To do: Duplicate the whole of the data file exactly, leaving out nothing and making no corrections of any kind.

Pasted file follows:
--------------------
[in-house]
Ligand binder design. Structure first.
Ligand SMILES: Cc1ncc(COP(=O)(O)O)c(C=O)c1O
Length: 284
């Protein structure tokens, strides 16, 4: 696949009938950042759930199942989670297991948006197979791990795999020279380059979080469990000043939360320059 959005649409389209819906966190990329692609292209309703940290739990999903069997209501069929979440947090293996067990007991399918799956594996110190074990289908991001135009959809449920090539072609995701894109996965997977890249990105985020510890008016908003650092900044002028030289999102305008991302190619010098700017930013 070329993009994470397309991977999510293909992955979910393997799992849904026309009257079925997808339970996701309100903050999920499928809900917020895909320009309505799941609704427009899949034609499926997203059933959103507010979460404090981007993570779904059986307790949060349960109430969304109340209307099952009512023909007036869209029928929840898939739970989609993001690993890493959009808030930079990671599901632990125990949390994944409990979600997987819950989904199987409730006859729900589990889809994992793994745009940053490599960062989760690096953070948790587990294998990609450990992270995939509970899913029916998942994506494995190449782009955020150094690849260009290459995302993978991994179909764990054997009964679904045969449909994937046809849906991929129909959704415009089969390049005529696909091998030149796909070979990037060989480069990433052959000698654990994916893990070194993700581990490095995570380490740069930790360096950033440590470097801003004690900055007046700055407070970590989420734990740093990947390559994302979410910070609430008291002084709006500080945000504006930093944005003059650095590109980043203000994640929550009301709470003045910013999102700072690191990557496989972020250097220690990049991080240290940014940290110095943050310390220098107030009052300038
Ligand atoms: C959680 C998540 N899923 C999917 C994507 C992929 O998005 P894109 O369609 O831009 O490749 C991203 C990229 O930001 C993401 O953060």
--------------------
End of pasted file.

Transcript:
[in-house]
Ligand binder design. Structure first.
Ligand SMILES: Cc1ncc(COP(=O)(O)O)c(C=O)c1O
Length: 284
């Protein structure tokens, strides 16, 4: 696949009938950042759930199942989670297991948006197979791990795999020279380059979080469990000043939360320059 959005649409389209819906966190990329692609292209309703940290739990999903069997209501069929979440947090293996067990007991399918799956594996110190074990289908991001135009959809449920090539072609995701894109996965997977890249990105985020510890008016908003650092900044002028030289999102305008991302190619010098700017930013 070329993009994470397309991977999510293909992955979910393997799992849904026309009257079925997808339970996701309100903050999920499928809900917020895909320009309505799941609704427009899949034609499926997203059933959103507010979460404090981007993570779904059986307790949060349960109430969304109340209307099952009512023909007036869209029928929840898939739970989609993001690993890493959009808030930079990671599901632990125990949390994944409990979600997987819950989904199987409730006859729900589990889809994992793994745009940053490599960062989760690096953070948790587990294998990609450990992270995939509970899913029916998942994506494995190449782009955020150094690849260009290459995302993978991994179909764990054997009964679904045969449909994937046809849906991929129909959704415009089969390049005529696909091998030149796909070979990037060989480069990433052959000698654990994916893990070194993700581990490095995570380490740069930790360096950033440590470097801003004690900055007046700055407070970590989420734990740093990947390559994302979410910070609430008291002084709006500080945000504006930093944005003059650095590109980043203000994640929550009301709470003045910013999102700072690191990557496989972020250097220690990049991080240290940014940290110095943050310390220098107030009052300038
Ligand atoms: C959680 C998540 N899923 C999917 C994507 C992929 O998005 P894109 O369609 O831009 O490749 C991203 C990229 O930001 C993401 O953060």